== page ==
Othello – Shakespeare and Sax’s Film Adaptation

Othello– Shakespeare and Sax’s Movie Adaptation

Texts show their contexts and this appears in both William Shakespeare’s Othello and Geoffrey Sax’s movie Othello. This reflection is established through the 2 concepts of bigotry and the inequality in between genders. The context of a text plays an essential role as it is the method which the composers convey their message and this is done effectively as both authors are conveying a crucial message about racism and gender inequality. Racism is a theme that is plainly evident throughout Shakespeare’s Othello.

Through this theme, there are several understandings of an individual’s race which are shown to establish the text’s context. During the Elizabethan era, those who were coloured were considered as being inferior in contrast to those of an Anglo-Saxon background. Iago represents this view upon race in as he, along with other characters, judges Othello based on his look. In the opening scene, Iago warns Brabantio, “an old black ram is tupping your white ewe”. Through using animal images, Iago parallels Othello to a racial subtext of black versus white and thus deteriorates Othello’s status, positioning himself on a greater social platform.

Using racial slur highlights the extension of Elizabethan principles that black men are assumed to have an animal-like sexual behaviour. Also in the play, Brabantio states “… in spite of nature … to fall for what she fear ‘d to look on! It is a judgment main ‘d and most imperfect … versus all rules of nature” (1. 3. 6). This quote refers to how Brabantio considers his child’s love with the Moor to be unnatural as Desdemona would obviously never ever fall in love with a black man. Brabantio utilizes repetition to firmly insist that Othello needs to have “enchanted” his daughter with black magic rather than their relationship consisting of true love.

Likewise to the play, the movie adjustment of Othello incorporates the concern of race reflecting the context of the film. Recently, bigotry has reduced significantly with coloured people gaining more rights such as the capability to vote. With this being stated, it is still apparent that racism still occurs as demonstrated by the film. Like Iago, Jago likewise utilizes racial slurs such as ‘Nigger’ and ‘huge black bastard’, when congratulating Othello’s promotion as a commissioner. It is clear to the audience that Jago’s intent are far from what is seen by Othello as the camera uses a close up shot to stress Jago’s conniving facial expressions.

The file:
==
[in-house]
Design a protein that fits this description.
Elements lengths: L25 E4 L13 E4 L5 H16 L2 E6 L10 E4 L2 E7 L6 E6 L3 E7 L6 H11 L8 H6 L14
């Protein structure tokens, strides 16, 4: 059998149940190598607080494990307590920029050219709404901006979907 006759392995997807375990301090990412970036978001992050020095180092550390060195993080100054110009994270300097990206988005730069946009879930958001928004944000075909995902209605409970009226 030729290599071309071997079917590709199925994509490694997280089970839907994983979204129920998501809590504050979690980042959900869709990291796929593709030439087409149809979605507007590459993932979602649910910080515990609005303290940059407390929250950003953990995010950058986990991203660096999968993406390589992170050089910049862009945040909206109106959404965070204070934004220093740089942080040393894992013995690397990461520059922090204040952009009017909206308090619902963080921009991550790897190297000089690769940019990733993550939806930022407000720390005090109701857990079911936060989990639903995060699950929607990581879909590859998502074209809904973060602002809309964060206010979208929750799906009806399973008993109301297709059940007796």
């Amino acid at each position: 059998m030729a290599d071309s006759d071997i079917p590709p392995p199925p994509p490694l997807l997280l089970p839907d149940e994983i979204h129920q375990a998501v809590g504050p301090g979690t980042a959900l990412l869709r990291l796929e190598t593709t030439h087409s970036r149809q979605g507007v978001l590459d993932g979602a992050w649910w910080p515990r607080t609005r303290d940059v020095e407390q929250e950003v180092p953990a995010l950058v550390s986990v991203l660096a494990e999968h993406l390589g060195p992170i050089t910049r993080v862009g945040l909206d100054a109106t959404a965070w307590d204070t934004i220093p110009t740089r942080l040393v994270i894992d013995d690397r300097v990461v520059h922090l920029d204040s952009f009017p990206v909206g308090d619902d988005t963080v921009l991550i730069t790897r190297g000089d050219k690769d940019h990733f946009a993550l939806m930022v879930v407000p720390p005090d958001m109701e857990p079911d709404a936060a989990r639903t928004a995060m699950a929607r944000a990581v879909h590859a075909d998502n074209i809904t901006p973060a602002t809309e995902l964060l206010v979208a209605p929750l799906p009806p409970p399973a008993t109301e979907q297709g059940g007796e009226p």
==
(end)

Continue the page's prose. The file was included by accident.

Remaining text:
The tone obvious in Jago’s compliments shows dramatic paradox as the audience understands Jago’s intentions and plans. Another example of racism in the movie is throughout the bathroom scene in the movie. The commissioner speaks with Jago and states “If I could discover any with brains as big as their cocks I ‘d be a delighted guy”, in recommendation to coloured officers. The quote refers to the assumed obsessive sexual behaviour inhabited by black guys. Gender inequality is apparent in the play, showing the context of the Elizabethan period.

During the Elizabethan period, the discrimination of gender remained in favour of men as they had the complete control in all relationships and dominated the labor force. Unmarried women were regarded as ‘residential or commercial property’ of their daddies and married women were considered ‘residential or commercial property’ of their spouses. This is evident throughout the play as there is an absence of trust between the relationships between a guy and a female. Iago furthers this distrust by stating that, ‘She [Desdemona] did trick her father, marrying you …’, describing the reality that women can not be relied on and that they are most likely to be unfaithful.

This perception of ladies has resulted in the inequality in between the genders as males decline to provide any sort of power to lady in worry of being deceived. The tone exhibited by Iago stresses the unfavorable undertone and degrading of ladies as perceived by Iago. Another example of gender inequality is Iago’s negative perception of ladies. He states, ‘They are lazy around the house except that they are active in their bed’. The quote recommends that females are like prostitutes. The derogative comparison of all ladies to woman of the streets supports the discriminations based on sex.

Also, the movie adjustment likewise explores the ideas of discrimination based on gender. In recent years society has actually enhanced on equalising the position of males and females, however, it is still apparent that inequalities do exist. Throughout the film, no lady is put in an occupational level that is high valued and respected. All the members of the police and justice system are male. This supports the idea that even through developments; society is negligent in offering women too much power. The conventional view of guys dominating the relationship can also be extracted from the movie as Othello is the clear boss versus Dessie.

Dessie remarks to Othello questioning, “Isn’t it constantly like that? Ladies noting to males without talking.” The quote reveals the level of the understanding of females as their position in society is irrelevant compared to men. To produce this message, the use of low and high angle shots highlights the power within the relationship. When focusing on Othello, the camera is placed at a low angle to show his superiority whereas when concentrating on Dessie, the cam is positioned at a high angle to show her inability and vulnerability. Both texts of Othello show their contexts in spite of the difference in release dates.

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